Tips from world champion trainer Ben Baldus for how to properly ride a ground-covering extended trot on the ranch or in the show ring.
Extended gaits are an important part of a ranch horse’s skill set. If you’re going to cover a lot of country, you want a horse that really extends. If you have to gather a big pasture or check a water tank a long ways off, you want a horse that moves out comfortably to cover the ground.
What Do You Want In An Extended Trot?
You want a horse that trots smooth and fast. But sometimes, sitting on your horse during these gaits can be a challenge, so there are several ways to sit the ride. In ranch horse competition, the judges want to see a horse that looks comfortable – so you need to be able to ride competently at the extended trot.
Why Do Ranch Horses Need To Extend The Trot?
When you’re on a big ranch and covering a lot of ground, you intermittently jog a ways, then lope a ways, and alternate. You let your horse keep its breath and air about him. You can’t just lope the whole time. So the trot or extended trot is the gait of choice for covering long distances.
For the extended trot in ranch horse competition, you’re simply demonstrating what we do on the ranch. When it comes to showing, your horse is judged on quality of movement – nothing fake or forced, just a natural extended trot. The way you’re jogging in the pen, you want to look as if you could keep going that way for the next 3 or 4 miles.
How Do You Sit The Extended Trot In A Western Saddle?
Whether you sit, stand or post during the extended trot should be tailored to the horse and what makes the horse move the best.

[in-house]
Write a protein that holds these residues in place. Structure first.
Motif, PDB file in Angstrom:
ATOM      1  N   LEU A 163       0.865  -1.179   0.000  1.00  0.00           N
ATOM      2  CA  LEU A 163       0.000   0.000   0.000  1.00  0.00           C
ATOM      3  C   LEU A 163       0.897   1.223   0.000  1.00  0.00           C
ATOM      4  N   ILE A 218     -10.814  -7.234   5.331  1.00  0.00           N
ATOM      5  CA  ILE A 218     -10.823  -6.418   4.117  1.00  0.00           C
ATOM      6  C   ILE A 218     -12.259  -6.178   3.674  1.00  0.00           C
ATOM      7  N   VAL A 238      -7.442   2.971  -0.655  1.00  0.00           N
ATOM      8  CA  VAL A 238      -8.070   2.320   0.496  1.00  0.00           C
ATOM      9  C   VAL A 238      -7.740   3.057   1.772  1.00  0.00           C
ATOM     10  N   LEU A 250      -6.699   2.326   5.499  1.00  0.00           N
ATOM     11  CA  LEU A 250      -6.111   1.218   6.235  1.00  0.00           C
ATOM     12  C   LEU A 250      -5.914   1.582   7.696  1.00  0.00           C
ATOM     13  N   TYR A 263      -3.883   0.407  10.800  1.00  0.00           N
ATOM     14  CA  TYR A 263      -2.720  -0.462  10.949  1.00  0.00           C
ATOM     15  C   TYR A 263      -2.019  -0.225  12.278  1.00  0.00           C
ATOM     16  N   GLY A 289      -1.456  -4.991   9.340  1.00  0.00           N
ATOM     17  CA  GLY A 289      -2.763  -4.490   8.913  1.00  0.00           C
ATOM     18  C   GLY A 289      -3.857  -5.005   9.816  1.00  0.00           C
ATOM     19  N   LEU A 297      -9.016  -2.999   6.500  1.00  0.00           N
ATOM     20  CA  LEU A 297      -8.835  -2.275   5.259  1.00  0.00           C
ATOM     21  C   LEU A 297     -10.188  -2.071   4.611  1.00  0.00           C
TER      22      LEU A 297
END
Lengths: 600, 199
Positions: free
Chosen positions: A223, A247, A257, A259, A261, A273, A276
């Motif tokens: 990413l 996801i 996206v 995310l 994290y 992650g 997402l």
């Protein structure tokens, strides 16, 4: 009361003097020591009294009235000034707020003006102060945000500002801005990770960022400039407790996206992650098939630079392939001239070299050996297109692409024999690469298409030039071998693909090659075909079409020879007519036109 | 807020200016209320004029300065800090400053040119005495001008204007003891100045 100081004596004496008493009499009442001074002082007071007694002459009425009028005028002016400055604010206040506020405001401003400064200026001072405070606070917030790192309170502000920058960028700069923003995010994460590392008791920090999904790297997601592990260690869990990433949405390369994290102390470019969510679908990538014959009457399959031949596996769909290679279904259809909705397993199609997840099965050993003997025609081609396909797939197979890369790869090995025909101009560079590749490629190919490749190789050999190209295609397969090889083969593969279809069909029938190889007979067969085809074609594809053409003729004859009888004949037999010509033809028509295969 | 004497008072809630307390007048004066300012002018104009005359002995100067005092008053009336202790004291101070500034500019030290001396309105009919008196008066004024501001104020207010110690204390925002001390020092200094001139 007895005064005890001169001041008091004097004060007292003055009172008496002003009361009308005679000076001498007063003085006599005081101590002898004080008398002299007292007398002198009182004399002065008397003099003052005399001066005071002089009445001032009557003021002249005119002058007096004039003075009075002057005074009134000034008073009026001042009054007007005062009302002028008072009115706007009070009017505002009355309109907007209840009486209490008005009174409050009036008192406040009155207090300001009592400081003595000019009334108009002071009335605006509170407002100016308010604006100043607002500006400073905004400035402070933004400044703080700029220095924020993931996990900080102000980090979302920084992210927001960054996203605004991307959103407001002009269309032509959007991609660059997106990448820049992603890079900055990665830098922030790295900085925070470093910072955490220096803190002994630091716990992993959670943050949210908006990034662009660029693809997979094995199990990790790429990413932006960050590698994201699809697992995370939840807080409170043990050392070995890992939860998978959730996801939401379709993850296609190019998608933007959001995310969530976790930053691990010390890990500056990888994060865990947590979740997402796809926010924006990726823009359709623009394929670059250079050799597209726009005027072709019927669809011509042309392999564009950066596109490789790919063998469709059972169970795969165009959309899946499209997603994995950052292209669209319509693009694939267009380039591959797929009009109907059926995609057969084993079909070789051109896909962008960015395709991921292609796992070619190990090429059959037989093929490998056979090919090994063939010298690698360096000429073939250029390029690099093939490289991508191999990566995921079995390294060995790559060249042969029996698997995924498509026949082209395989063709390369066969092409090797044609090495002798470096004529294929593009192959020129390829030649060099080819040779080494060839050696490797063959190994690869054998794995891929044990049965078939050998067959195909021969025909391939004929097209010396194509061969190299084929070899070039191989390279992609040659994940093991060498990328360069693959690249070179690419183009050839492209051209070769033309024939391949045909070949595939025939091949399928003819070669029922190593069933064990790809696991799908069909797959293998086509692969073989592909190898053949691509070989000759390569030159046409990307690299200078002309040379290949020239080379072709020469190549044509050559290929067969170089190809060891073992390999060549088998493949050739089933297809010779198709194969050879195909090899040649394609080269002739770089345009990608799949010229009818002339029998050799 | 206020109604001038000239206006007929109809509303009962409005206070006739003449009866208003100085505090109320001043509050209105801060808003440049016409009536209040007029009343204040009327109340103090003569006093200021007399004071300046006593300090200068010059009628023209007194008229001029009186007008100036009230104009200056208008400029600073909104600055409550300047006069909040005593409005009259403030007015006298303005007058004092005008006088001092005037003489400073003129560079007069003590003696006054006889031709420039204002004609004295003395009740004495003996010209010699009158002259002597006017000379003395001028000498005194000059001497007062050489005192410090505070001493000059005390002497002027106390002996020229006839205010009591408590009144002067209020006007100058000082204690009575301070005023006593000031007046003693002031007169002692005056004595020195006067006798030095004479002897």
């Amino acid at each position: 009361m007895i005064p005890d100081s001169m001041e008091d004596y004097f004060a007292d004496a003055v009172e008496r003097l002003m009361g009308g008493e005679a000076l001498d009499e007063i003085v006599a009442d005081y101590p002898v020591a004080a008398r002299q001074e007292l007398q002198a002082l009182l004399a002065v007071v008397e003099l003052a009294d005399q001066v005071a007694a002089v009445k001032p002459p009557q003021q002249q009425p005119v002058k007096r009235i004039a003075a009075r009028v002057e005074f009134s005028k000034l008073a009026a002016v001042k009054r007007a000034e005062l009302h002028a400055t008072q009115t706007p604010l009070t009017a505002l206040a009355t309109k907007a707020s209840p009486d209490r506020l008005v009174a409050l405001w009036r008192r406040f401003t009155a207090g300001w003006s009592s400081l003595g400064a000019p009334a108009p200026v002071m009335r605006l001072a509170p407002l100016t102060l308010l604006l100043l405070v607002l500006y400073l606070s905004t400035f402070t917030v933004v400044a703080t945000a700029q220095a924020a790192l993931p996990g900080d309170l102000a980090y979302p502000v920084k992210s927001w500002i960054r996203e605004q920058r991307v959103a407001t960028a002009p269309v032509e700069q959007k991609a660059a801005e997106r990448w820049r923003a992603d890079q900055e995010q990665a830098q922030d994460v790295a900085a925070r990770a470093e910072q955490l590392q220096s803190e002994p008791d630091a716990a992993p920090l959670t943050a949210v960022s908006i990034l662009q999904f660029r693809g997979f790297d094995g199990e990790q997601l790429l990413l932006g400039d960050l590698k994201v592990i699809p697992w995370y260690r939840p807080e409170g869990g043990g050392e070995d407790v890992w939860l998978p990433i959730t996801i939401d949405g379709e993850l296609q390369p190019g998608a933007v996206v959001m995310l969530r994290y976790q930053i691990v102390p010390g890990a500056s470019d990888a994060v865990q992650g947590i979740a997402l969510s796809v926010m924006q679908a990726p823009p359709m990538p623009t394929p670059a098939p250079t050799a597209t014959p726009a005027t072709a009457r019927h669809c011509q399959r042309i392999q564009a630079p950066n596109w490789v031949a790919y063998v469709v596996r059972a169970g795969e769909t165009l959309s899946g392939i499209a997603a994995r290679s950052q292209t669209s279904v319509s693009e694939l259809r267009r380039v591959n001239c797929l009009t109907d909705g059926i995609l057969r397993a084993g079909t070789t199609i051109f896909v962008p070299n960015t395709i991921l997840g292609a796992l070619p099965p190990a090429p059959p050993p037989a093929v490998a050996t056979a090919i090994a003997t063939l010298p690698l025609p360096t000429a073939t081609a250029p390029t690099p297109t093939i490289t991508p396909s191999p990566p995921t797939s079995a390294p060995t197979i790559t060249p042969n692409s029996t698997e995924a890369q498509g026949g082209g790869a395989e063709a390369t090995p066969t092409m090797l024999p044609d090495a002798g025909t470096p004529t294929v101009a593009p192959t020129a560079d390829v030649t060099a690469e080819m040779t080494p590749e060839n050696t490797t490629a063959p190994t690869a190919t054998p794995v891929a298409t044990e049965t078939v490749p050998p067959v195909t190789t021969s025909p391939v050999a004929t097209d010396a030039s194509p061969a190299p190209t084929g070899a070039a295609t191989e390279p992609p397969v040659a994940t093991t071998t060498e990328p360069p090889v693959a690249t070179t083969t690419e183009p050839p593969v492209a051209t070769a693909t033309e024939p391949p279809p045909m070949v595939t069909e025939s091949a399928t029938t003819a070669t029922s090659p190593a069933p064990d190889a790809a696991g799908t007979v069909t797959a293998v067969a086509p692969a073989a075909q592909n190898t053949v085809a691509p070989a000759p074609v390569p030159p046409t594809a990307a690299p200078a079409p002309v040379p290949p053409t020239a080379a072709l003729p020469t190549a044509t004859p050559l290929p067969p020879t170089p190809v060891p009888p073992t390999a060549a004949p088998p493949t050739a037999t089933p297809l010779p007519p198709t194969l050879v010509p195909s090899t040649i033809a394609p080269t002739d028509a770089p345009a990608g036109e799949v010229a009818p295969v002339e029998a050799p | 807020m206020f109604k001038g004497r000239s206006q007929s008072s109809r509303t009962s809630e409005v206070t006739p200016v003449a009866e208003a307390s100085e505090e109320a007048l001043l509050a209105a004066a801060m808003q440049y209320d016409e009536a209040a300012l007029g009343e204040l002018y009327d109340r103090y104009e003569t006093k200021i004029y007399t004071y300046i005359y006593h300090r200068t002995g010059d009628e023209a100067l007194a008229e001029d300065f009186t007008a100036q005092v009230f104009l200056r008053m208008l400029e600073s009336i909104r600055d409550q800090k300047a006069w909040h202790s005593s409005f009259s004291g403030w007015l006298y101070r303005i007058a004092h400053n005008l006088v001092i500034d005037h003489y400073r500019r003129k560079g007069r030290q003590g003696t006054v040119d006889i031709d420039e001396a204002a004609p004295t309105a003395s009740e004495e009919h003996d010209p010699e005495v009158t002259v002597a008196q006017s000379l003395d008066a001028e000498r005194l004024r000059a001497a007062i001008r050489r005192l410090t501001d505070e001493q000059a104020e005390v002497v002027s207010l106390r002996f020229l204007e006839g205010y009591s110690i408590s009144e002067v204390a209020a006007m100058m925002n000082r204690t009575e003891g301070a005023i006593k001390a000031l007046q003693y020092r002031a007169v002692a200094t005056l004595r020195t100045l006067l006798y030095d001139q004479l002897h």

Standing the Extended Trot
If you stand, shorten your stirrups, squeeze with your knees and just standing an inch or two above your saddle with your seat fully out of the saddle, slightly leaning forward with your hips forward, your shoulders slightly forward. You can hold the saddle horn with your free hand, if you have one. In this position, he will really feel your body when you ask him to slow down by sitting and releasing your legs. He should respond by slowing down and shortening his stride.
Posting the Extended Trot
If you post, the proper method is to follow the outside diagonal. So the front leg that is closest to the outer perimeter of the arena is the leg you want to follow. That leg and the inside back leg move in a pair. At the trot, you rise out of the saddle as the outside front leg moves forward and sink back into the saddle as that leg comes down to the ground. Glance at the shoulder to see that movement back and forth. I only rise about 3 inches out of the saddle, and some horses respond well if you squeeze your legs and lift slightly as you stand. I feel that it helps them lengthen their stride slightly.
Sitting the Extended Trot
Some horses are really smooth, even at the extended gait. For those horses, I would go ahead and sit because it looks attractive to the judge if the horse is smooth and comfortable. To sit the extended trot, you want to keep your hips loose and absorb the energy of the extended trot with your knees, your seat and your lower back, moving quickly with your horse’s pace. You want to keep your lower leg close to the horse, touching his sides with your calves.
More Tips for Riding the Extended Trot
At the extended trot, make sure to look up and where you are going. This applies both on the ranch and in the show pen. If you’re looking down at your horse, you can lose focus on the pattern and where you are in the arena. You want to show that you are asking this horse for all he has: your gaze is forward, your head is up looking where you are going and your body language is forward and aggressive.
In competition, the judges are looking for a trot that is really smooth, with a consistent topline, and without a lot of artificial-looking details. They don’t want to see your rein hand out in front of you and in the air, really high, or excessively loose reins. You wouldn’t trot across the pasture with your rein hand stuck straight out in front of you because your arm would get tired after 4 or 5 miles, and long reins can be dangerous if your horse were to trip or take off. You also don’t have to stand 6 inches out of your saddle, because your legs are probably going to get tired after a couple of miles. Ride as you would on a ranch.
Courtesy of American Quarter Horse Journal